A Small Town Took on a Drilling Company Endangering Its Water — and Won
“We are relieved that our right to protect our drinking water is finally recognized.”
A small town in Quebec just won a case against an oil and gas exploration and development company that was originally suing them for over $1 million for trying to protect their drinking water.
Ristigouche-Sud-Est is a township in Quebec with 157 residents and their legal battle began in 2011 when Gastem, a Montreal-based drilling company, was permitted to start drilling for oil and gas in the province of Quebec.
Residents were concerned that the drilling could have negative effects on their drinking water and so in 2013, the town passed a bylaw that stated that there had to be two kilometres between drill sites and residents’ water wells. The bylaw also prohibited the addition of chemical substances into the region’s soil.
Following this, the drilling company sued the municipality in August 2013, demanding $1.5 million dollars in damages (this amount was later reduced to $984,000).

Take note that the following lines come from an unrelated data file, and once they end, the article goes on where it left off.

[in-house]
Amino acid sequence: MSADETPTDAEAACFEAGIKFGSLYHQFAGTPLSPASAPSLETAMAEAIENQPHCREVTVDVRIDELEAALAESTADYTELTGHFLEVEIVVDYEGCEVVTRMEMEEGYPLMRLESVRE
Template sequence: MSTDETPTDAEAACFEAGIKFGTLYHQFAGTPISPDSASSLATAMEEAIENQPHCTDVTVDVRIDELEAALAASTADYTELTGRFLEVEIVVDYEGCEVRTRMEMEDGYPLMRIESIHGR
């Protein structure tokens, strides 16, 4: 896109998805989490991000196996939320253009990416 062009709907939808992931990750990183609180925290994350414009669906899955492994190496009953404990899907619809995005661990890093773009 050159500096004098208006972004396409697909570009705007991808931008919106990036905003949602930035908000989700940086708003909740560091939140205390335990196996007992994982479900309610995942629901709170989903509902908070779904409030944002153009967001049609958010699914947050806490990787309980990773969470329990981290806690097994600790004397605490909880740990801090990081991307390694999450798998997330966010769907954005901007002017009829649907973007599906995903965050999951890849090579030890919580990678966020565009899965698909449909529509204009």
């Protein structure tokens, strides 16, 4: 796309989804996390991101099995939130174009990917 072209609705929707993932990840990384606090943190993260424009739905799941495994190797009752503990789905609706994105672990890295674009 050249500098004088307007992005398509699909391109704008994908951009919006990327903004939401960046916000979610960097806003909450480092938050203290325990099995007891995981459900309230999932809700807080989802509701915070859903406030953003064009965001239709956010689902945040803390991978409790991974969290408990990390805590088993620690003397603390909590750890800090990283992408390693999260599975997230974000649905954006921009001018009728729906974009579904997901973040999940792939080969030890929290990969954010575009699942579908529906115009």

Gastem said Ristigouche-Sud-Est adopted its bylaw impulsively to make it impossible for the company to do the drilling it was permitted to do. The company claimed the bylaw was illegal, according to The Guardian.
But a judge at the superior court of Quebec ruled against Gastem, stating the township was within its rights.
“Far from being adopted in an untimely and hasty manner, the bylaw was the result of a serious effort to address the concerns and demands of Ristigouche’s citizens,” Judge Nicole Tremblay wrote in her statement. “Public interest, the collective well-being of the community and the safety of residents must be weighed for all projects introduced into a municipality.”
The mayor of the town, Francois Boulay, told CBC that citizens have been worried about this for the last four years.
“Reason and law prevailed today,” Boulay said in a statement. “We are relieved that our right to protect our drinking water is finally recognized.”
Still, the battle to protect drinking water in the area continues.
A law from 2014 currently necessitates a 500-metre perimeter around drinking water sources, but Ristigouche-Sud-Est, along with 350 other municipalities, is fighting to have that no-drill zone expanded to two kilometres, according to The Guardian.
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